Using Dilators to Make Sex More Comfortable
I will never stop encouraging people to “think outside the box” when it comes to sex. We are socialized to think that “sex” means “penis-in-vagina penetration” and that everything else is some kind of foreplay, fetish or perversion. For many people, PIV sex is just not possible, and we would all benefit from expanding our sexual repertoires. At the same time, we can’t ignore the immense symbolic value of vaginal penetration and how central it is to our views of heterosexuality and woman-ness. The ability to experience vaginal penetration can be very important to some people’s identities and relationships.
Dilators are tools that can increase comfort with vaginal penetration. They usually come in a set that starts with a small dilator, sometimes no bigger than a pinkie finger, and includes other dilators that gradually increase in diameter and length. Some vibrate, and some do not. Most people use dilators at regular intervals outside of a sexual context, inserting a well-lubricated dilator vaginally and increasing the size of the dilator they are using as their bodies become accustomed to them. Using dilators allows people to experiment with penetration in a low-pressure environment without the worry of pleasing or disappointing a partner. Dilators also help make vaginal tissue elastic and increase blood flow to the vagina, which helps with lubrication. They’re like any other exercise tool, designed to make the body strong and resilient with consistent use.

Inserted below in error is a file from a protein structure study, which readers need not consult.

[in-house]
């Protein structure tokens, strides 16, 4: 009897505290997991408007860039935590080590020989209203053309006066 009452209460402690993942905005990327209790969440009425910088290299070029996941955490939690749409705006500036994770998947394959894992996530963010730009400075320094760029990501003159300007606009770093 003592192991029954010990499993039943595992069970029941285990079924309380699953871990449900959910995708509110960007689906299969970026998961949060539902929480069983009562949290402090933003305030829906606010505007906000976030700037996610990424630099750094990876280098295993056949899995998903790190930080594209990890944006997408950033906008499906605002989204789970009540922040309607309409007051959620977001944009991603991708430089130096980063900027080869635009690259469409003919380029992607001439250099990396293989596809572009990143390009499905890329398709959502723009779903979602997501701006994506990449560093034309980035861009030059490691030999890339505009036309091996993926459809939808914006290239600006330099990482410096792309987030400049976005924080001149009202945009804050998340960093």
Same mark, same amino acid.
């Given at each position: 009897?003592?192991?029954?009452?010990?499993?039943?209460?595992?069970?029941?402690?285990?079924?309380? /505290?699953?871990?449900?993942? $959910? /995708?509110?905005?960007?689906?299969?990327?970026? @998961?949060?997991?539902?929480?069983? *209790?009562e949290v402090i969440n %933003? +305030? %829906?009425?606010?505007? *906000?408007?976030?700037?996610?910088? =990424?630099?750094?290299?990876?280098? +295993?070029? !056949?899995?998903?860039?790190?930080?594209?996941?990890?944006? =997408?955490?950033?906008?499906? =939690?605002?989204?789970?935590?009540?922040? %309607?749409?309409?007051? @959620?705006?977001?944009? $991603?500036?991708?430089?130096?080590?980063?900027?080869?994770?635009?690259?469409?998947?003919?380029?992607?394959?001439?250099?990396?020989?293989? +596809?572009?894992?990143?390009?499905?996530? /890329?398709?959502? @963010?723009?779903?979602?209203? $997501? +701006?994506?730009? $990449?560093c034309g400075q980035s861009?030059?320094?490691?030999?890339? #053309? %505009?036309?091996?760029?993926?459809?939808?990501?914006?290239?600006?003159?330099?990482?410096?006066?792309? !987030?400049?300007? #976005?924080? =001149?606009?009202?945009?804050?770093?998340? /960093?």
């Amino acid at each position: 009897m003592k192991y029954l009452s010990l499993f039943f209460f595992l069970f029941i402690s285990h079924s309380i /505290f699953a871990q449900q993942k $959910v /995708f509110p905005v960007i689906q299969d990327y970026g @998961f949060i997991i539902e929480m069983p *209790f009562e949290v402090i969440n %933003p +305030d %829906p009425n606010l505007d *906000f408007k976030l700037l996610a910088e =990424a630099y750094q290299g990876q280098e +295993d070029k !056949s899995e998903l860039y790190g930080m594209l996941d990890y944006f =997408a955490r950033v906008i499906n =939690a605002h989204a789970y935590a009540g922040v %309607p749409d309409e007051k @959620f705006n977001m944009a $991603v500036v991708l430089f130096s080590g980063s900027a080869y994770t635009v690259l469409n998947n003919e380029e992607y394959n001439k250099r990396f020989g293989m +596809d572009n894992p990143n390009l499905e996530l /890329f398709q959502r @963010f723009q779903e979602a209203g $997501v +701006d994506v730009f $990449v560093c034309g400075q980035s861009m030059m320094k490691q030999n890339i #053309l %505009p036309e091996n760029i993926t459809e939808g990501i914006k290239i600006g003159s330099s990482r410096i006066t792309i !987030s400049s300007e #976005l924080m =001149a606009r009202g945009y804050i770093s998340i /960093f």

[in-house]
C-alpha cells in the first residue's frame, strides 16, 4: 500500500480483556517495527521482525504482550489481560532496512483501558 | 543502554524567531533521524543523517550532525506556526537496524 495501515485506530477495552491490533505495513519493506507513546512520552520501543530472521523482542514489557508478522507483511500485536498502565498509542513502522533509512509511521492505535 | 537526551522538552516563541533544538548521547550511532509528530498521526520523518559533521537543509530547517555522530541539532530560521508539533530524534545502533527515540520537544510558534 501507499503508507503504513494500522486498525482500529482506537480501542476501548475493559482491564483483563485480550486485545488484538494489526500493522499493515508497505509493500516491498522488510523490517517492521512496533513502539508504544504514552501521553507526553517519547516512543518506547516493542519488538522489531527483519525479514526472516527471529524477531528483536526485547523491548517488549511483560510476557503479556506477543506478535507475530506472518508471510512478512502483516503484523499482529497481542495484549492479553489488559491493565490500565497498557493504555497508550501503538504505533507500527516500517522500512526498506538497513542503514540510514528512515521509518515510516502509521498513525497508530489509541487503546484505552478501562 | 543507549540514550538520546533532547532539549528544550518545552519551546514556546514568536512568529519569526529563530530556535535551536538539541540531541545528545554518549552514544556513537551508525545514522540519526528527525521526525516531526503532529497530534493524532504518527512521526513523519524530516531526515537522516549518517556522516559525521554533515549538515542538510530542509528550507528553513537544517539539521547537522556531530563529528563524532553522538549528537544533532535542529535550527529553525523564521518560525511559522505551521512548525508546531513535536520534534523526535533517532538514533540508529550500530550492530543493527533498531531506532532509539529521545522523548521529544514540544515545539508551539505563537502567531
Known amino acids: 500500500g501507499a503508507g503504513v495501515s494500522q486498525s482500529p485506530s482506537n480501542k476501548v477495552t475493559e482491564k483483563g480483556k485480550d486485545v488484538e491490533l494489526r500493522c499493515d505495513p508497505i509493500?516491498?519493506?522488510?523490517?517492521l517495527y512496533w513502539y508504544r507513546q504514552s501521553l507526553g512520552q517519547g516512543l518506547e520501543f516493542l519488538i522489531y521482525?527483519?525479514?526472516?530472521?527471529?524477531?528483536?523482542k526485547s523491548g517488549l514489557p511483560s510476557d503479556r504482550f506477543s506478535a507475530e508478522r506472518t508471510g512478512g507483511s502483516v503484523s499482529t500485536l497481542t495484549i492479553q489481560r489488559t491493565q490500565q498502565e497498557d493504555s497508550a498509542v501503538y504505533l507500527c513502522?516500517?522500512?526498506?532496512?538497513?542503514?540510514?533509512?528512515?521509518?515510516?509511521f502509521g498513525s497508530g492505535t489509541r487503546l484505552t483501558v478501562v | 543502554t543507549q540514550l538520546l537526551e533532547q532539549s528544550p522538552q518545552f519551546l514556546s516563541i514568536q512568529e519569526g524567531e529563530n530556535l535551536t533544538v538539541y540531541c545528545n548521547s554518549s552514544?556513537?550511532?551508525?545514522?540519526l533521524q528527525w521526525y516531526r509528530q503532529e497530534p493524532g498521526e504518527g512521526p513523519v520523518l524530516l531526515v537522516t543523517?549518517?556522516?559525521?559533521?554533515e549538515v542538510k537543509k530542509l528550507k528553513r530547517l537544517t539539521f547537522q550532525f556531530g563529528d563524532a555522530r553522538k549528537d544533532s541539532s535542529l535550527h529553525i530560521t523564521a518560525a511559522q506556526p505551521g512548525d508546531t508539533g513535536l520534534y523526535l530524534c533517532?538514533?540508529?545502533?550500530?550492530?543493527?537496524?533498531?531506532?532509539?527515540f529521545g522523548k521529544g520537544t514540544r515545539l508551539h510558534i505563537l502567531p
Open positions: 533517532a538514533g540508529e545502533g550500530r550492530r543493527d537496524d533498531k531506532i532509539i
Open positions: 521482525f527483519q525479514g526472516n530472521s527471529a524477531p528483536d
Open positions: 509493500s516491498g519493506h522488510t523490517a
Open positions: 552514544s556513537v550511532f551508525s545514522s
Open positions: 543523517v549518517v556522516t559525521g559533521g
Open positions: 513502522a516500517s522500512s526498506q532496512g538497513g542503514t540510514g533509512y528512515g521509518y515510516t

If you or your partner are experiencing pain or tenderness during vaginal penetration, dilators can be a useful tool. No one should have to settle for pain during sex (unless, of course, pain is the sensation that you’re trying to achieve).
Laura Anne Stuart owns the Tool Shed, an erotic boutique on Milwaukee’s East Side. She has a master’s degree in public health and has worked as a sexuality educator for more than fifteen years. Want Laura to answer your questions in SEXPress? Send them to firstname.lastname@example.org. Not all questions received will be answered in the column, and Laura cannot provide personal answers to questions that do not appear here. Questions sent to this address may be reproduced in this column, both in print and online, and may be edited for clarity and content.